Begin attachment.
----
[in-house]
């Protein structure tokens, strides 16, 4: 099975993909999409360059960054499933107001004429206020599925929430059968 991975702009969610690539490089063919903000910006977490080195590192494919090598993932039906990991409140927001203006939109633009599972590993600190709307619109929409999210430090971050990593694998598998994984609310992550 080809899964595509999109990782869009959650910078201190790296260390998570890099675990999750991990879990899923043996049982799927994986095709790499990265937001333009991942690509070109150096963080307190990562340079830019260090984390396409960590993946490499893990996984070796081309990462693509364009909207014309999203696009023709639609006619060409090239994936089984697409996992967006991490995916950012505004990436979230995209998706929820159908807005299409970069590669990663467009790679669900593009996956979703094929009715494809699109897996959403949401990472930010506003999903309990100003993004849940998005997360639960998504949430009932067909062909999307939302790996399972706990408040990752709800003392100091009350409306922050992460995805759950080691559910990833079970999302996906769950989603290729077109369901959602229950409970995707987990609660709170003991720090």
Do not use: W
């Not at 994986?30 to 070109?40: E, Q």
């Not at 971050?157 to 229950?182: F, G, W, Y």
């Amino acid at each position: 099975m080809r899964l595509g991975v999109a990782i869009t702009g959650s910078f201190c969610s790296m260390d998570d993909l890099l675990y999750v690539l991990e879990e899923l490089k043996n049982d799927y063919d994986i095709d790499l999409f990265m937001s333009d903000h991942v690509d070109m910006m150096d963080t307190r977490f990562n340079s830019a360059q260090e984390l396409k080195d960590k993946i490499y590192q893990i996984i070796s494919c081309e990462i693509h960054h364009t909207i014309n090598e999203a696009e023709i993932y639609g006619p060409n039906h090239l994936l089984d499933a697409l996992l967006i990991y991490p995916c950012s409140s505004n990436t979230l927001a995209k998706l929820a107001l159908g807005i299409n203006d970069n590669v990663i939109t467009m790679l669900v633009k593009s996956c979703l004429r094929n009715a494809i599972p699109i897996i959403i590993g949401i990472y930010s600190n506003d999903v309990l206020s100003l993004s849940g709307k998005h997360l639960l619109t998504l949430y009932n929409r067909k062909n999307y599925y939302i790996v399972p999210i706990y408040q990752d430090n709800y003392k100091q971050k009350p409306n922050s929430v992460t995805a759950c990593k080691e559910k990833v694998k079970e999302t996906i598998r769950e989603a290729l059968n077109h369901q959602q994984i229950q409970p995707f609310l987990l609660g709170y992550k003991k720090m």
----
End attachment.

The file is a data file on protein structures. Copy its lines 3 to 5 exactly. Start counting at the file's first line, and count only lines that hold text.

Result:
Do not use: W
């Not at 994986?30 to 070109?40: E, Q």
């Not at 971050?157 to 229950?182: F, G, W, Y």